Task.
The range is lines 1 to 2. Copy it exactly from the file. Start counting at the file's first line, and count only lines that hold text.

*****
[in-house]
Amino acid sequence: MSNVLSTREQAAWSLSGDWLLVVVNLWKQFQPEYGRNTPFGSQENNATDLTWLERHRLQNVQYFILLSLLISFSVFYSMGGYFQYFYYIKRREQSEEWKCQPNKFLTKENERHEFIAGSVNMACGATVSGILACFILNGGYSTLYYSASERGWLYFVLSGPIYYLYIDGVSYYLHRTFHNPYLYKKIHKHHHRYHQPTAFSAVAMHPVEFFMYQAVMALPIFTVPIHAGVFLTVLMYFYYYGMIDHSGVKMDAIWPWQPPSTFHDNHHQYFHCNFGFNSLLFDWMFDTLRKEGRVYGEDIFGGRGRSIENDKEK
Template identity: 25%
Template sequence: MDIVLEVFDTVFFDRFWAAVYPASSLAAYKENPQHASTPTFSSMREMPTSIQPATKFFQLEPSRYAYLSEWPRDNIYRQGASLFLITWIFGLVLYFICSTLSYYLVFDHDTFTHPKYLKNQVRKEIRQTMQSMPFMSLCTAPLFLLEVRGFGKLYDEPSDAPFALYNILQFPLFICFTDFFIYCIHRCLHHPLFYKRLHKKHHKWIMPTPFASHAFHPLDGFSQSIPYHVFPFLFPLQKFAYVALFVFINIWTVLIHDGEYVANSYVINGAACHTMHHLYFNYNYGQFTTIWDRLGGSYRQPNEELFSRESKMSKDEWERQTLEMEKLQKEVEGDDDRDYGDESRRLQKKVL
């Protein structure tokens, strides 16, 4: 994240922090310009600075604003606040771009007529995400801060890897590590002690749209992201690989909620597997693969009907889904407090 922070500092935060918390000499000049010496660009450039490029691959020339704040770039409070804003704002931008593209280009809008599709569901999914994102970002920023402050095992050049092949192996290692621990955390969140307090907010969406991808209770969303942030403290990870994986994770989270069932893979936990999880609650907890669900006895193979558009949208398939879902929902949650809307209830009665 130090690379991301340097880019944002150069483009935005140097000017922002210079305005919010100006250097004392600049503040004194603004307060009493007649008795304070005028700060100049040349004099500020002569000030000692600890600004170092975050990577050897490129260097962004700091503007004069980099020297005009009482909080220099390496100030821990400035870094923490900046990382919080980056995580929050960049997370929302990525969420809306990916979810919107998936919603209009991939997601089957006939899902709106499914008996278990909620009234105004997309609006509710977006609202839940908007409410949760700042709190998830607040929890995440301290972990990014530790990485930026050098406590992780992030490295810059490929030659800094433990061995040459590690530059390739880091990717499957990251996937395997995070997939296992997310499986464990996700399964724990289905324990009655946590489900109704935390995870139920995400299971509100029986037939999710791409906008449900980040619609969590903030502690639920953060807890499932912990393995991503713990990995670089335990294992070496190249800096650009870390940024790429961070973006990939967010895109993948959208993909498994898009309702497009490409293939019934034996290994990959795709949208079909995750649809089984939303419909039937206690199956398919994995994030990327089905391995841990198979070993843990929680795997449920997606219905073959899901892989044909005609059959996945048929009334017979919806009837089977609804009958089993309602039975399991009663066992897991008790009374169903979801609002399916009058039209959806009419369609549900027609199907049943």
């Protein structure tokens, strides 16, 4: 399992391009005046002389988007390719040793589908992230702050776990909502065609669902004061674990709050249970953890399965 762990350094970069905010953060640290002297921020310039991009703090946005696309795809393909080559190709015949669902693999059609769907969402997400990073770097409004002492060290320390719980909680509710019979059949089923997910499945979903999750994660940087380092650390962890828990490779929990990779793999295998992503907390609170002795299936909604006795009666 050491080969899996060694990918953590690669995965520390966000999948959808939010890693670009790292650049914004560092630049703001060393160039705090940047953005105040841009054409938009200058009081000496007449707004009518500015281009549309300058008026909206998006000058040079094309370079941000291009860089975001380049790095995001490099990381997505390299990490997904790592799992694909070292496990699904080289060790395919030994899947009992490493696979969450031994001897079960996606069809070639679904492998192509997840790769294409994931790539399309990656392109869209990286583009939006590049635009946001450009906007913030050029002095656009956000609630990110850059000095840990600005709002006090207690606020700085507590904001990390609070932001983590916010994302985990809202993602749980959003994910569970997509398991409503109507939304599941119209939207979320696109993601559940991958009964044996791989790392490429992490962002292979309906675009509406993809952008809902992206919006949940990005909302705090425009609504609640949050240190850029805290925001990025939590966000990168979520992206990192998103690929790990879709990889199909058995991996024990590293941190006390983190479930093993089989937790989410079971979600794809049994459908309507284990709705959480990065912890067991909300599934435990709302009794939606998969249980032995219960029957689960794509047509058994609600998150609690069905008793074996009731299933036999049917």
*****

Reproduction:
[in-house]
Amino acid sequence: MSNVLSTREQAAWSLSGDWLLVVVNLWKQFQPEYGRNTPFGSQENNATDLTWLERHRLQNVQYFILLSLLISFSVFYSMGGYFQYFYYIKRREQSEEWKCQPNKFLTKENERHEFIAGSVNMACGATVSGILACFILNGGYSTLYYSASERGWLYFVLSGPIYYLYIDGVSYYLHRTFHNPYLYKKIHKHHHRYHQPTAFSAVAMHPVEFFMYQAVMALPIFTVPIHAGVFLTVLMYFYYYGMIDHSGVKMDAIWPWQPPSTFHDNHHQYFHCNFGFNSLLFDWMFDTLRKEGRVYGEDIFGGRGRSIENDKEK